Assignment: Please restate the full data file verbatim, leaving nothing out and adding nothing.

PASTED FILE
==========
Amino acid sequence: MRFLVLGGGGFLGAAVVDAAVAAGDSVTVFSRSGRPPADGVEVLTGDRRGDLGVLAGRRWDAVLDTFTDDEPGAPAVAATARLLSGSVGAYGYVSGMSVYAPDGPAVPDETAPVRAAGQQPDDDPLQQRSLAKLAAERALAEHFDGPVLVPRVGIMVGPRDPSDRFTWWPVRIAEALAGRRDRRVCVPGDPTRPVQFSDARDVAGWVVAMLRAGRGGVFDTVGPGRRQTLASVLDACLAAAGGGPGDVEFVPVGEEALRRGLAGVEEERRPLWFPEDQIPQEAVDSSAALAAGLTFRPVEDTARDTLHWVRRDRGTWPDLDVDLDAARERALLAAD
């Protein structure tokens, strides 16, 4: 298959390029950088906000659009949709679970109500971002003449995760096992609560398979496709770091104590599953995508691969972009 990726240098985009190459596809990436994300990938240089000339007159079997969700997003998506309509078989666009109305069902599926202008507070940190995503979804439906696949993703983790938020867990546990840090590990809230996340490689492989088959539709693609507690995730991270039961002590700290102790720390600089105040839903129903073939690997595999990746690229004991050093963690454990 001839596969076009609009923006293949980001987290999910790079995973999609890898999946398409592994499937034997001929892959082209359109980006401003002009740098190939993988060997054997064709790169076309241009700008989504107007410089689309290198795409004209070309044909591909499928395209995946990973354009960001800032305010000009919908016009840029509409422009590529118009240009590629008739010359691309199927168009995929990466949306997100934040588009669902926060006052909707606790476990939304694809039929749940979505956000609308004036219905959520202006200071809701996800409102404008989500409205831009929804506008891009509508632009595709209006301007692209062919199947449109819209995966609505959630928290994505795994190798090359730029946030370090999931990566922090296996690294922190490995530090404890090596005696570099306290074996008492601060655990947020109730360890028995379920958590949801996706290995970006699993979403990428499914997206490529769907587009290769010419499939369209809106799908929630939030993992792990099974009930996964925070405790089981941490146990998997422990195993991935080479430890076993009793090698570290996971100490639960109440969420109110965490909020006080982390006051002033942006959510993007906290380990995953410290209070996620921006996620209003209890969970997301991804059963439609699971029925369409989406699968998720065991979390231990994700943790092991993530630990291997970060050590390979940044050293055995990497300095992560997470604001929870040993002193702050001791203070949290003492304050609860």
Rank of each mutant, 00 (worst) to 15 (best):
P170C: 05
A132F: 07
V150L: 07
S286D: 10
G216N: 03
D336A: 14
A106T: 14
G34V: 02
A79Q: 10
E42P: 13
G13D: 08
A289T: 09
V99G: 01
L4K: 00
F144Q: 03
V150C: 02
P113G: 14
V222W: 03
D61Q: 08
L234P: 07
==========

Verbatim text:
Amino acid sequence: MRFLVLGGGGFLGAAVVDAAVAAGDSVTVFSRSGRPPADGVEVLTGDRRGDLGVLAGRRWDAVLDTFTDDEPGAPAVAATARLLSGSVGAYGYVSGMSVYAPDGPAVPDETAPVRAAGQQPDDDPLQQRSLAKLAAERALAEHFDGPVLVPRVGIMVGPRDPSDRFTWWPVRIAEALAGRRDRRVCVPGDPTRPVQFSDARDVAGWVVAMLRAGRGGVFDTVGPGRRQTLASVLDACLAAAGGGPGDVEFVPVGEEALRRGLAGVEEERRPLWFPEDQIPQEAVDSSAALAAGLTFRPVEDTARDTLHWVRRDRGTWPDLDVDLDAARERALLAAD
């Protein structure tokens, strides 16, 4: 298959390029950088906000659009949709679970109500971002003449995760096992609560398979496709770091104590599953995508691969972009 990726240098985009190459596809990436994300990938240089000339007159079997969700997003998506309509078989666009109305069902599926202008507070940190995503979804439906696949993703983790938020867990546990840090590990809230996340490689492989088959539709693609507690995730991270039961002590700290102790720390600089105040839903129903073939690997595999990746690229004991050093963690454990 001839596969076009609009923006293949980001987290999910790079995973999609890898999946398409592994499937034997001929892959082209359109980006401003002009740098190939993988060997054997064709790169076309241009700008989504107007410089689309290198795409004209070309044909591909499928395209995946990973354009960001800032305010000009919908016009840029509409422009590529118009240009590629008739010359691309199927168009995929990466949306997100934040588009669902926060006052909707606790476990939304694809039929749940979505956000609308004036219905959520202006200071809701996800409102404008989500409205831009929804506008891009509508632009595709209006301007692209062919199947449109819209995966609505959630928290994505795994190798090359730029946030370090999931990566922090296996690294922190490995530090404890090596005696570099306290074996008492601060655990947020109730360890028995379920958590949801996706290995970006699993979403990428499914997206490529769907587009290769010419499939369209809106799908929630939030993992792990099974009930996964925070405790089981941490146990998997422990195993991935080479430890076993009793090698570290996971100490639960109440969420109110965490909020006080982390006051002033942006959510993007906290380990995953410290209070996620921006996620209003209890969970997301991804059963439609699971029925369409989406699968998720065991979390231990994700943790092991993530630990291997970060050590390979940044050293055995990497300095992560997470604001929870040993002193702050001791203070949290003492304050609860």
Rank of each mutant, 00 (worst) to 15 (best):
P170C: 05
A132F: 07
V150L: 07
S286D: 10
G216N: 03
D336A: 14
A106T: 14
G34V: 02
A79Q: 10
E42P: 13
G13D: 08
A289T: 09
V99G: 01
L4K: 00
F144Q: 03
V150C: 02
P113G: 14
V222W: 03
D61Q: 08
L234P: 07